When it comes to the ’80s and ’90s, the ’90-era is always better than the ’70s and the ’60s, says comic book writer Geoff Johns
Geoff Johns and his wife, actress Sharon Osbourne, have been married for 25 years.
We love it when our kids can sit down and tell us how much they love a book, because we know it means something to them.
They know we care.
But if they were to ask us today, we’d say the ’92-’93 decade was the best decade.
The ’90’s and ’00s were the best era, with the exception of the ’75-’76 ’90-’92 decade.
In our minds, the time we’re in the ’00’s is when it all started.
It’s the best time.
There were a lot of great movies coming out of the late ’70’s and early ’80’s.
And then we all lost our jobs.
That’s when we realized, hey, maybe we could do something together.
And we did, starting with The Dark Knight Returns and ending with the last Batman movie.
The ’90/00s are where I got my first big break in comics.
When I was doing my first run of Superman comics, there was a Superman movie called Superman: The Final Battle that came out in October, ’95.
It was really, really good.
It made me realize that there’s an entire generation of kids growing up who aren’t interested in Superman.
They’re interested in superheroes.
And I’m not talking about just comic book fans.
When I got back from that Superman movie, I was so excited to tell Geoff Johns that we were going to do Superman: Doomsday, a Superman/Wonder Woman crossover event.
We had this really cool idea of a new Superman team in Superman: Superman/Batman that we could use to get the crossover into the main series.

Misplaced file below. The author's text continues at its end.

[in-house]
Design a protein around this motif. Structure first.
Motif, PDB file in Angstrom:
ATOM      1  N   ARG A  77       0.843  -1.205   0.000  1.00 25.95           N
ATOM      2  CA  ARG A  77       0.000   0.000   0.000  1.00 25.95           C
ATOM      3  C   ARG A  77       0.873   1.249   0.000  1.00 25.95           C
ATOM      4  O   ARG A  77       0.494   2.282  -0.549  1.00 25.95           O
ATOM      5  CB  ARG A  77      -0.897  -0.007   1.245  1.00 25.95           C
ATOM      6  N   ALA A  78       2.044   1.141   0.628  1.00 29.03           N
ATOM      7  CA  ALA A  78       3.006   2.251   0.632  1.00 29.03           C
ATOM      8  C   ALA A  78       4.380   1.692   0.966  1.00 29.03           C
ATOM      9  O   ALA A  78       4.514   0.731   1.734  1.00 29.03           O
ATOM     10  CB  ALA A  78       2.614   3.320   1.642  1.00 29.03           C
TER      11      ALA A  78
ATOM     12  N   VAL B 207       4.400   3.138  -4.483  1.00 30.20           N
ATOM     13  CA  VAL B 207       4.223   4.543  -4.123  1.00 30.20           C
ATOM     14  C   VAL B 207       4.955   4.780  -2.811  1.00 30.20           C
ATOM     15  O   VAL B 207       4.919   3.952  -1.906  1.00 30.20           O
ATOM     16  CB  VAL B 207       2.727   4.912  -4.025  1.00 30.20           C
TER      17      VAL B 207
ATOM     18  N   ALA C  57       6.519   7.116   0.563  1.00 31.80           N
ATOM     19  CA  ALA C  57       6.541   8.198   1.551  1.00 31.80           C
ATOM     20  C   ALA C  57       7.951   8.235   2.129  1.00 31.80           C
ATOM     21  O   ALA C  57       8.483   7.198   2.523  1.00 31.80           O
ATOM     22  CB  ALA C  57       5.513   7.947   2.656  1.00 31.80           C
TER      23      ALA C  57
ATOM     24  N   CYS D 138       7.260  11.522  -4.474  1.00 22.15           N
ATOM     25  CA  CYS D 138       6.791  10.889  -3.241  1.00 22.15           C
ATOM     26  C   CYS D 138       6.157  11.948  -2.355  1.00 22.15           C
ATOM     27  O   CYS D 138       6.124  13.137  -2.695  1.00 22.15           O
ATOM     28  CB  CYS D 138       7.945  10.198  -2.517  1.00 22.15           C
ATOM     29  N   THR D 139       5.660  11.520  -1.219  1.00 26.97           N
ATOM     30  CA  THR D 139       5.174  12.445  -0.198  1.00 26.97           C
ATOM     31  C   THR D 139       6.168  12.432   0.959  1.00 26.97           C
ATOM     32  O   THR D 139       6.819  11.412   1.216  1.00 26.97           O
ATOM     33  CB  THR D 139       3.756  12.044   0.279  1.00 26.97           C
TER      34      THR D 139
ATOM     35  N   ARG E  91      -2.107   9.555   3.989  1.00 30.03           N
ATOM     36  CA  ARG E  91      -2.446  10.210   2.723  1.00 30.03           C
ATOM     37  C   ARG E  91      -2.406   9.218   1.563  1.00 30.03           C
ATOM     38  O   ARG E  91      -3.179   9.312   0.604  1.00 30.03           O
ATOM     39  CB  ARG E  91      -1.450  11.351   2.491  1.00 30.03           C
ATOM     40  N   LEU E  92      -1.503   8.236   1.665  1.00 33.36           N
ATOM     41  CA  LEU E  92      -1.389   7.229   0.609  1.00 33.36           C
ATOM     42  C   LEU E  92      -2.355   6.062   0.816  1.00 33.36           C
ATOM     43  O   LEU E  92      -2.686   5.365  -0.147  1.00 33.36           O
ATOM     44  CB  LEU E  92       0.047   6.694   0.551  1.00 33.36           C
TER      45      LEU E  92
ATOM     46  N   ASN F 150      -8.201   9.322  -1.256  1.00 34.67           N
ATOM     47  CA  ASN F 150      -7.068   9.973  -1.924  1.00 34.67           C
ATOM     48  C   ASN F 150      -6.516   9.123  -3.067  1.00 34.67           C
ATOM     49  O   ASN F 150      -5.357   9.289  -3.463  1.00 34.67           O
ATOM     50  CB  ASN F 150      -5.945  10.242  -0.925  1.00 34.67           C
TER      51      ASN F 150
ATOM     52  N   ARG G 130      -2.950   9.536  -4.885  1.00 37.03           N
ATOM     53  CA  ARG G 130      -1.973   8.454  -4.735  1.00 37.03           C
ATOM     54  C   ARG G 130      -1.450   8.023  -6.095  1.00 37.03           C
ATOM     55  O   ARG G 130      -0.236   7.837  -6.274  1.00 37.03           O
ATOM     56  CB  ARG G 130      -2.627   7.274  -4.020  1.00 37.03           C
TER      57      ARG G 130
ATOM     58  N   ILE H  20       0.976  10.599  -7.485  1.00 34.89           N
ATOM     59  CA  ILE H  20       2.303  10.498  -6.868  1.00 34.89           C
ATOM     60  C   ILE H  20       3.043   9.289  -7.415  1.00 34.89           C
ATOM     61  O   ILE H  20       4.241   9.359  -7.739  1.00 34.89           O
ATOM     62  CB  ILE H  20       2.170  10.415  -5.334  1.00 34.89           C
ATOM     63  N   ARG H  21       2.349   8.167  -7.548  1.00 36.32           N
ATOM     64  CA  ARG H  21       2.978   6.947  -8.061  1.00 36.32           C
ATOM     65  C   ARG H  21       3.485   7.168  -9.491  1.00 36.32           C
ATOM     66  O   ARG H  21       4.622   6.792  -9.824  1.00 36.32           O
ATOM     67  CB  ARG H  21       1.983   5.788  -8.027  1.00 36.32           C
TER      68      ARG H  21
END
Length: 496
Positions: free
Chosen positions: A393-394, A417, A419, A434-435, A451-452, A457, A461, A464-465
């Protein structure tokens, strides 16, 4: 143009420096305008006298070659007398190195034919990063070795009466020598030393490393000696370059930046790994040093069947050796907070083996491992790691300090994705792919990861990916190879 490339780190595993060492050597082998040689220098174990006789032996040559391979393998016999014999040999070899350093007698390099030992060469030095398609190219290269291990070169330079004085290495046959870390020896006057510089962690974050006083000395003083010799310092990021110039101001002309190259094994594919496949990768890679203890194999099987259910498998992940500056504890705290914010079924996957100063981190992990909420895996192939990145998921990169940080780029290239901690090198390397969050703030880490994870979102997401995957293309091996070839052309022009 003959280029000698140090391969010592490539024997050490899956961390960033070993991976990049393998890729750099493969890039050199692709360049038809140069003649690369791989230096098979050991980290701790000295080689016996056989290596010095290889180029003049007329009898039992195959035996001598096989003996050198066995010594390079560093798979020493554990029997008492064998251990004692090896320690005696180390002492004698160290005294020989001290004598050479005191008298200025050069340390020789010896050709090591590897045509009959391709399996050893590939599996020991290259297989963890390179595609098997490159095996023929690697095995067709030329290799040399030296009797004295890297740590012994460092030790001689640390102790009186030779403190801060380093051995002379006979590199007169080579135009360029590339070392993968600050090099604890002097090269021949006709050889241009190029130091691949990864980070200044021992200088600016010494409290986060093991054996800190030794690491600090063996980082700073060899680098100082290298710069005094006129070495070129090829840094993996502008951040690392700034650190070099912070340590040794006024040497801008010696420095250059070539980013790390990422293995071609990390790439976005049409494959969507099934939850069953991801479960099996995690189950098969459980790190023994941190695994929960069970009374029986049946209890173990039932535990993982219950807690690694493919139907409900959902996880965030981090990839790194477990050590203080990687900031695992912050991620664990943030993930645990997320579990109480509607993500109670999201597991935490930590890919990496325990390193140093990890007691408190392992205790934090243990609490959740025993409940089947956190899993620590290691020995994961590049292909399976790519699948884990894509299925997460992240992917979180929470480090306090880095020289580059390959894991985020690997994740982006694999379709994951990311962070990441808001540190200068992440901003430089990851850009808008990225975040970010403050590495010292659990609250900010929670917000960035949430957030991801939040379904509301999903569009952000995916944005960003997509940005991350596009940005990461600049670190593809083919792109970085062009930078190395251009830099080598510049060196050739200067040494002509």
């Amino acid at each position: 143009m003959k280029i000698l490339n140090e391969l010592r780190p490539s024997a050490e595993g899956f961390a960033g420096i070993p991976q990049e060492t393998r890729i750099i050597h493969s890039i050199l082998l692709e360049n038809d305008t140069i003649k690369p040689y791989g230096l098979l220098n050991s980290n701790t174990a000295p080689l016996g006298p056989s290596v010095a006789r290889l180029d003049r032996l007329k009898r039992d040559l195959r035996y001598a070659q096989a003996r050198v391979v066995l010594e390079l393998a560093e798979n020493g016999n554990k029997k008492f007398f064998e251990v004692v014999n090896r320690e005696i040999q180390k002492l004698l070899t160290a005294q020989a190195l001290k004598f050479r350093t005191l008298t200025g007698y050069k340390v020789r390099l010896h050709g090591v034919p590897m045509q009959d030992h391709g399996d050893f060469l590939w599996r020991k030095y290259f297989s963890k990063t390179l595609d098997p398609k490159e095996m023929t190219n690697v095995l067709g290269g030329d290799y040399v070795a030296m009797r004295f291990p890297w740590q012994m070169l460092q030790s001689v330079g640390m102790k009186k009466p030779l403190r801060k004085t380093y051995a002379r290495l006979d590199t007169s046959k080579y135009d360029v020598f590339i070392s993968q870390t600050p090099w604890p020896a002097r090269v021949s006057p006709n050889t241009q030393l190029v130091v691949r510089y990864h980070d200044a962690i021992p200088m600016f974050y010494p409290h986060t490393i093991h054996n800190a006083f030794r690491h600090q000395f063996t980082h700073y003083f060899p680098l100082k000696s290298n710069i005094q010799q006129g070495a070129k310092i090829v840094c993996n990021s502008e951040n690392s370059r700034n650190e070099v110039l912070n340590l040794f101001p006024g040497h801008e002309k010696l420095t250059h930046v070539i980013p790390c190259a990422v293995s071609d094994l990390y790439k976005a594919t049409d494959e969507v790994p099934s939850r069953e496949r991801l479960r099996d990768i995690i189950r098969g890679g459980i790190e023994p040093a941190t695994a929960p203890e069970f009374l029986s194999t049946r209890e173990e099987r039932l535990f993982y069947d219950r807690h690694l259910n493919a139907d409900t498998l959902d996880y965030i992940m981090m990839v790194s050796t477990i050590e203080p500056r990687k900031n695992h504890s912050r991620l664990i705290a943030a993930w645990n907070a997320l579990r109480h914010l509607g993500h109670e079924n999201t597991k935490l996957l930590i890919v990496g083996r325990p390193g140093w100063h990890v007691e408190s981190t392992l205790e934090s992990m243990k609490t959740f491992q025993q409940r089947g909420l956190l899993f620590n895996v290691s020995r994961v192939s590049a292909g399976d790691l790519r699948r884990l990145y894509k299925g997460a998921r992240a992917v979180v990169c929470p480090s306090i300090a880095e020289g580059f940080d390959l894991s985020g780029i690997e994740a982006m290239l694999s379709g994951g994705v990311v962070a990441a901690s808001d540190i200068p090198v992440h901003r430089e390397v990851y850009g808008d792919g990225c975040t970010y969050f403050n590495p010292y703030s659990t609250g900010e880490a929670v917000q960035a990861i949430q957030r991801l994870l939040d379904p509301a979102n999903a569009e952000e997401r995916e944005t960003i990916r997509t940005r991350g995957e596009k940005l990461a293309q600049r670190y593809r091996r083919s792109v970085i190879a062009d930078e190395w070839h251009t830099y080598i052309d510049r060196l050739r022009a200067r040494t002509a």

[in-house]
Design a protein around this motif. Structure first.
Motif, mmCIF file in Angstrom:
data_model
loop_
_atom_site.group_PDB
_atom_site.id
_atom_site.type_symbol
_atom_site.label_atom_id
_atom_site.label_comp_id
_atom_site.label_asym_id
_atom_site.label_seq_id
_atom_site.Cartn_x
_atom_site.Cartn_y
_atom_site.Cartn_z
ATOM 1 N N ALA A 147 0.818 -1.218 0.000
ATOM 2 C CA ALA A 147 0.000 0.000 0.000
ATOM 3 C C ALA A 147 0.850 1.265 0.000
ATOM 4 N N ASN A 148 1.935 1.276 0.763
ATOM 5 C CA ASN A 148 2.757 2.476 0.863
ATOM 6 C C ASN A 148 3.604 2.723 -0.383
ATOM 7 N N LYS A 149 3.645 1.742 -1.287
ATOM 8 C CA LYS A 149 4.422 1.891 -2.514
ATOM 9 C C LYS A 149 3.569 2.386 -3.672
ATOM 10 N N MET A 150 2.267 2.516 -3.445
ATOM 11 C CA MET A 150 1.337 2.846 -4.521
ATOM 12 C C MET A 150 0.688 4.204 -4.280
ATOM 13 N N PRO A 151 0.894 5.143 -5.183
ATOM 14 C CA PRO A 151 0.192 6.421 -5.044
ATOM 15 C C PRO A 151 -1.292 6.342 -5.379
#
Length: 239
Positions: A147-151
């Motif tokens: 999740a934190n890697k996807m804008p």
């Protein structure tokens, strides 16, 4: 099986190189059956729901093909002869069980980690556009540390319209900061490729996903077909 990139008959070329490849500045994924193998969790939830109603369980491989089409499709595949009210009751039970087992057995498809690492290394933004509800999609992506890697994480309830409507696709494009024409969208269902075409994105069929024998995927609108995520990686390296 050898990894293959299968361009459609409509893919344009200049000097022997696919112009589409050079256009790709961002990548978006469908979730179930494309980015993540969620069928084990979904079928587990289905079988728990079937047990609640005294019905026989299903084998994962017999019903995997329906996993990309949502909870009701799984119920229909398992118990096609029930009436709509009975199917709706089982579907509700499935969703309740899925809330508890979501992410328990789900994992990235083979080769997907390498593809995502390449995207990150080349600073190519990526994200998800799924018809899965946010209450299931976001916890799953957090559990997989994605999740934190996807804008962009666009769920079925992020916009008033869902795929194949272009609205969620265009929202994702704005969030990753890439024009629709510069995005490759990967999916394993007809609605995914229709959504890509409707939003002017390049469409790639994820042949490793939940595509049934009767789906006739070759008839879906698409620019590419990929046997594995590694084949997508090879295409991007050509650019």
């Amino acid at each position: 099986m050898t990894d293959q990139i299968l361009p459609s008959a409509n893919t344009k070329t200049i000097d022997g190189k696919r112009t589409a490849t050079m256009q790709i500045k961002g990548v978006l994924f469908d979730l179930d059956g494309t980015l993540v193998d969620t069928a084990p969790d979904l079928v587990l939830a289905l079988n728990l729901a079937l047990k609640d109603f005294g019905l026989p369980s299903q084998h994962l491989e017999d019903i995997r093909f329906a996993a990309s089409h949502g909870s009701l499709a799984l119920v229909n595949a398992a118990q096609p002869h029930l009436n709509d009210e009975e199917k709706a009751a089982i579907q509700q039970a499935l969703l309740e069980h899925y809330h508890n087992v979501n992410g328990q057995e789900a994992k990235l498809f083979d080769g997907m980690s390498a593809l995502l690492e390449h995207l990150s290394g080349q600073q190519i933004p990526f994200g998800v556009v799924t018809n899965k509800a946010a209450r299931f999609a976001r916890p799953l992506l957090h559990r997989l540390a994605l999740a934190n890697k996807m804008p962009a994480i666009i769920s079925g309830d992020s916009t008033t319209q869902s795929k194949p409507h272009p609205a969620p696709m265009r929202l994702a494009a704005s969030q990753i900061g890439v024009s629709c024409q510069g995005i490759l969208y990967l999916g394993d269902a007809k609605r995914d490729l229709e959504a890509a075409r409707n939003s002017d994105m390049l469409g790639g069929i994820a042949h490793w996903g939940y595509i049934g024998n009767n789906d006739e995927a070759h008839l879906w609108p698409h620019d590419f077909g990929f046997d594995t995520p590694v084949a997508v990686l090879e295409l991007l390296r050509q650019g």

And the thing was, Geoff Johns, who was an editor on that movie, and I had a great relationship, and he just wanted to get Superman out of there and get it out of my hands, and then he asked me to write it.
I just said, “What?”
And he said, OK, what about this Superman movie that we’re making with Geoff Johns?
I was just like, “That’s the one, right?”
And then he was like, Well, I’m gonna put it out now, because I’m going to get an Emmy nomination.
And that’s how we got the crossover out.
And then we did The Final Batman.
I was in the writers room at the time, and Geoff Johns was in it.
And they were making this epic, epic, awesome movie, which was the one that we wanted to do, but we just didn’t have the money for it, so we were like, OK.
So we’re doing this Superman/Supergirl crossover, and we’re going to have Superman get killed in this movie.
It doesn’t work, so Geoff Johns is like, well, we can do this one.
And Geoff Johns says, “Yeah, I’ve seen the trailer.
Superman has his Doomsday bomb strapped to his chest, and it’s the most badass moment of the movie.
And you guys are Superman fans.”
And I was like “That would be awesome.”
So we started shooting it, and the next day we were on set, and everybody was freaking out.
Geoff Johns told me to tell him to make sure it was a really good one, and that I would be doing it as a guest star.
And it was, I would say, one of the funniest movies I’ve ever worked on.
And when we started it, Geoff said, you’re doing the best Superman/Gotham movie that you’ve ever done.
And he was right.
And now, it’s like, wow, this is a very cool story.
And my wife and I are like, what’s next?
We’ve been doing Superman stuff for like 25 years, and there are so many Superman movies that we haven’t seen, but now we’re excited to see it all coming together.
One of the things that I think we’ve seen more and more over the years is how great the comic book medium is.
The fact that we have this massive library of material that people have written, it is just mind blowing.
But it’s also really, truly difficult to keep up with.
Because it’s a really complex medium, there are multiple universes that people write in, and a lot more than just one universe.
And some of the best stories in the comics are stories where people were trying to keep track of who was who in their universe, who’s who, and where they were in the story.
It was really challenging to be a part of that.
And of course, it was also very challenging to keep everything separate.
Because the biggest difference is that you don’t know who’s writing what.
You don’t get a sense